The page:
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Of course, there is some sort of doubt that these political parties of Canada run a central role when it comes to discourse. Therefore, the only way to have a better understanding of present-day Canadian politics, it is necessary to look towards Canada’s political systems of parties, the definition and structure of it, how each party system grew over the years, as well as its functions for the answers that could possibly be valid to this. This paper will seek to discuss the historical aspect of the Party Systems of Canada. Moreover, explain how each one of the five parties functioned, how they sought to serve Canada to get Canadians to vote. It will go into deep detail about the parties to get a clear understand of what was going on within Canadian politics when it comes to the Party Systems as well as its structure.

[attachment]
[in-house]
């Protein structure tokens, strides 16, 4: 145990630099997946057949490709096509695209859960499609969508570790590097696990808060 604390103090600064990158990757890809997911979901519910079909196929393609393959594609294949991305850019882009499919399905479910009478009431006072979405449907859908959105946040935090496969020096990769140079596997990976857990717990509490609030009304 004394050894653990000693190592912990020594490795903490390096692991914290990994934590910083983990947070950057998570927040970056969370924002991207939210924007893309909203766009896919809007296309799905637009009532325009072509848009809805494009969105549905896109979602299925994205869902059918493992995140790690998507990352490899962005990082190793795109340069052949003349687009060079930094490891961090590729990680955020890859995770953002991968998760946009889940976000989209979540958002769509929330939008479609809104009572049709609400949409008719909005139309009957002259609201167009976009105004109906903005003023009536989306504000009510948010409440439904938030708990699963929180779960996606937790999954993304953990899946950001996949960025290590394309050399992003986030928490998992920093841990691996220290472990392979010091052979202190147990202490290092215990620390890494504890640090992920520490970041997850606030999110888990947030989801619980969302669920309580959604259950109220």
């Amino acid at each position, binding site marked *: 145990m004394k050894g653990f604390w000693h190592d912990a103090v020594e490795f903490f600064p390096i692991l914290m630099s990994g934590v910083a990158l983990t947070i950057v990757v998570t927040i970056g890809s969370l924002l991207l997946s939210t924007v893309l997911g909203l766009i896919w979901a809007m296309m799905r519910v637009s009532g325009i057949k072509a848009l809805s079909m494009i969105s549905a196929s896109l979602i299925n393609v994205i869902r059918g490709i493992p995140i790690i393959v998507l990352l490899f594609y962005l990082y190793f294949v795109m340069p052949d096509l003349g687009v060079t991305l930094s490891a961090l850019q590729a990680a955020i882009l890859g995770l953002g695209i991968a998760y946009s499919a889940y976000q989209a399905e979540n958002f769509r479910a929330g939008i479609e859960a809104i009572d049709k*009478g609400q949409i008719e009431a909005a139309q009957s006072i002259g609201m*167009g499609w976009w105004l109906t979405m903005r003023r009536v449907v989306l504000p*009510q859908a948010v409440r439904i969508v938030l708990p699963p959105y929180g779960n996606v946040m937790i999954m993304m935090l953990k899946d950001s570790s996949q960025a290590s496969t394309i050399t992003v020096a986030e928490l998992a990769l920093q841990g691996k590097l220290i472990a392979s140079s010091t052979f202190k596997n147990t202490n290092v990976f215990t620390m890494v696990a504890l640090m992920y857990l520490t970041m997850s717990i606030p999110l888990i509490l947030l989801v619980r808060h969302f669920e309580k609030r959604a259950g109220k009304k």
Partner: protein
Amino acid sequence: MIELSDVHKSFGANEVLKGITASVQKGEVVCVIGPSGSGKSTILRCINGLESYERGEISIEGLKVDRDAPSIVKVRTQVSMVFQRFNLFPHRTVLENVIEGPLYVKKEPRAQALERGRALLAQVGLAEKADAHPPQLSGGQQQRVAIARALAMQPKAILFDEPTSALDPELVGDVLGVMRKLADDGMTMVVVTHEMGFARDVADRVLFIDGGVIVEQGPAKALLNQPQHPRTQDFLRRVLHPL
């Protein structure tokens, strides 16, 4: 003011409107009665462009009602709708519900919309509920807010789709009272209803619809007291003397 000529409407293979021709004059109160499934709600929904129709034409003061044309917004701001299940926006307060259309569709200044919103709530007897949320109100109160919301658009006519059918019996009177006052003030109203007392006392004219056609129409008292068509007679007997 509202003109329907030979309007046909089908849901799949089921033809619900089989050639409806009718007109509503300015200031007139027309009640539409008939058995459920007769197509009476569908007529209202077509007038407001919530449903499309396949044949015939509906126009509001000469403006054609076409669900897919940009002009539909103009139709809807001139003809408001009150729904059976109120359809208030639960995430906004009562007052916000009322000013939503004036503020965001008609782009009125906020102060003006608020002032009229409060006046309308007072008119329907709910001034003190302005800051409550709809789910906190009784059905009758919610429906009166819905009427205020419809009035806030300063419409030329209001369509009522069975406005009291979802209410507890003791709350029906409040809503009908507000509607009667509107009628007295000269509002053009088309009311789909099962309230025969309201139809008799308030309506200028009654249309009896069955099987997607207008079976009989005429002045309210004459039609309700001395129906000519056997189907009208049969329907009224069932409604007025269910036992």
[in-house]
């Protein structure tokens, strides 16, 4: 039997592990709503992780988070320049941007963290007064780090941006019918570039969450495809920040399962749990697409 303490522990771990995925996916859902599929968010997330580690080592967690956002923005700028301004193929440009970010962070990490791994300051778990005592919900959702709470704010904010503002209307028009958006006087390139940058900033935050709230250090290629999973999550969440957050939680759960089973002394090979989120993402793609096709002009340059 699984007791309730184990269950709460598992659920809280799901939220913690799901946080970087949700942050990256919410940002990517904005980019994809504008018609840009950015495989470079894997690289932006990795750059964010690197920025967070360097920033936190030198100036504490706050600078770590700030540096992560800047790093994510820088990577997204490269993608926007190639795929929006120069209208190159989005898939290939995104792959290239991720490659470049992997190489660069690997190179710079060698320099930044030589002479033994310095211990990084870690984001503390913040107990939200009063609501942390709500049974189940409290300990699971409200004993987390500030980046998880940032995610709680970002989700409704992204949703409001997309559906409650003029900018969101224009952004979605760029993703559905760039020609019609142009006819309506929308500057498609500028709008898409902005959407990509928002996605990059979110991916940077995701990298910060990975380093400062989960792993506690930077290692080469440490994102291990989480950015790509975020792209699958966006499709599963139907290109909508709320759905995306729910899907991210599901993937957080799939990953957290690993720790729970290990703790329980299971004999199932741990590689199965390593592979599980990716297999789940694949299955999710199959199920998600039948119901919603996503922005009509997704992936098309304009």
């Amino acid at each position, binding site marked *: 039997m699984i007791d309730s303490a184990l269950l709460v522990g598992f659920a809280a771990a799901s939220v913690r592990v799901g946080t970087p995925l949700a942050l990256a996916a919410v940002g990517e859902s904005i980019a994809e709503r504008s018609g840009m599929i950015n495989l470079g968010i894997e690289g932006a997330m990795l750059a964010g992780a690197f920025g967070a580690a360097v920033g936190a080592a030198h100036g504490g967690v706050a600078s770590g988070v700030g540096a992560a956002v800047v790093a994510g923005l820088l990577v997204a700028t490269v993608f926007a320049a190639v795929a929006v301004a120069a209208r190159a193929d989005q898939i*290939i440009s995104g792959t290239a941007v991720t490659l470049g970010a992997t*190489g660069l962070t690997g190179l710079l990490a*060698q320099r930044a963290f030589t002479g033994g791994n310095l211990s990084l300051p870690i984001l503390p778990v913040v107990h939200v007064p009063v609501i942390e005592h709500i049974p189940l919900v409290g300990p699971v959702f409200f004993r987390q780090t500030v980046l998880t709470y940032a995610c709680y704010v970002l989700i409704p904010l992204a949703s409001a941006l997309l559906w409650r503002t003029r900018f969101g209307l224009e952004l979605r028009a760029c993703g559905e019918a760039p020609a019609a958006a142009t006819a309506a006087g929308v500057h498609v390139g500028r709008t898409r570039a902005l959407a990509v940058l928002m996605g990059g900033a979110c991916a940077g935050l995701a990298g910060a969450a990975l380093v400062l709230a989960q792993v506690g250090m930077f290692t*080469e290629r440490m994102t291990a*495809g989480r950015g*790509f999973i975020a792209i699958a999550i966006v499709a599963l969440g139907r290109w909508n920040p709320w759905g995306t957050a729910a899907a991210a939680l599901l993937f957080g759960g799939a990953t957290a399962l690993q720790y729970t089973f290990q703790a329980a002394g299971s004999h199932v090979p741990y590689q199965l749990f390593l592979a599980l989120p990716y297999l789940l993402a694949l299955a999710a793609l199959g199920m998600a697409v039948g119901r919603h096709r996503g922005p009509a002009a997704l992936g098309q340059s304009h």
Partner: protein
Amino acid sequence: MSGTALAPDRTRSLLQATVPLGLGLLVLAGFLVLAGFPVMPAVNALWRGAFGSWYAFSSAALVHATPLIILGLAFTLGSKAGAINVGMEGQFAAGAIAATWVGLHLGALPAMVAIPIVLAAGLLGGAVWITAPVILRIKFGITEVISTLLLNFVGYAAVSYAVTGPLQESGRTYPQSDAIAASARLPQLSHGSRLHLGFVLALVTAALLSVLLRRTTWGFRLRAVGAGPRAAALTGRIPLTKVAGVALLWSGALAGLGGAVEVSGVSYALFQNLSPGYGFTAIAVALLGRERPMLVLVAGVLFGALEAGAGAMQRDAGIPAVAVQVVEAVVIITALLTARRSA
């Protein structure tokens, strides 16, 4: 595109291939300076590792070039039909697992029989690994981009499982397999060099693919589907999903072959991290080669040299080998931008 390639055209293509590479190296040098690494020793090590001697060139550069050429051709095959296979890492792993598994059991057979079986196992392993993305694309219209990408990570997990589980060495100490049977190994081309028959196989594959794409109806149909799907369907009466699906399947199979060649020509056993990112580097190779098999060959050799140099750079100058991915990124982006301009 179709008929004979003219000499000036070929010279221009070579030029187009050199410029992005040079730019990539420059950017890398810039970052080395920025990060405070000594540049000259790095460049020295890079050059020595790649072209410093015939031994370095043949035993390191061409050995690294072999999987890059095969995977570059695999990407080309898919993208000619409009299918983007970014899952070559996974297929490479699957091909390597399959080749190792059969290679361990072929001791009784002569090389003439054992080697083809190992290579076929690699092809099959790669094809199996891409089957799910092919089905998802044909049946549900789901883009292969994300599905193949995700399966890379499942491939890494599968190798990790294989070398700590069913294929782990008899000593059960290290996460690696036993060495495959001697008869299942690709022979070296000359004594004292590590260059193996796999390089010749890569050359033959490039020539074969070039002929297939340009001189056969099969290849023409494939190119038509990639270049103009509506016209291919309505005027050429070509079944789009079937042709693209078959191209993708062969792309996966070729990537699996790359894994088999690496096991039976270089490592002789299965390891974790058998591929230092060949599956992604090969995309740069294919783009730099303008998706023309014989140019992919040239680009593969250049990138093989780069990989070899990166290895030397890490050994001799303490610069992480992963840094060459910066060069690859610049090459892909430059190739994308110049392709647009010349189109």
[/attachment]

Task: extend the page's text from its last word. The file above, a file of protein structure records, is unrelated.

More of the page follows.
Canada’s parliamentary system is designed to preclude the formation of absolute power. Critics and followers of Canadian politics argue that the Prime Minister of Canada stands alone from the rest of the government. The powers vested in the prime minister, along with the persistent media attention given to the position, reinforce the Prime Minister of Canada’s superior role both in the House of Commons and in the public. The result has led to concerns regarding the power of the prime minister. Hugh Mellon argues that the prime minister of Canada is indeed too powerful.
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I used two different views of federalism and illustrated how both of them put boundaries on the Prime Minister’s power. Next I explain the powers of the governor general, and explained the ability to dissolve parliament in greater detail. Last I analyzed how the charter of rights of freedoms has limited the Prime Minister’s power with respect to policy-making, interests groups and the courts. The Prime Minister does not have absolute power in Canadian society, there are many infringements on the power that they have to respect.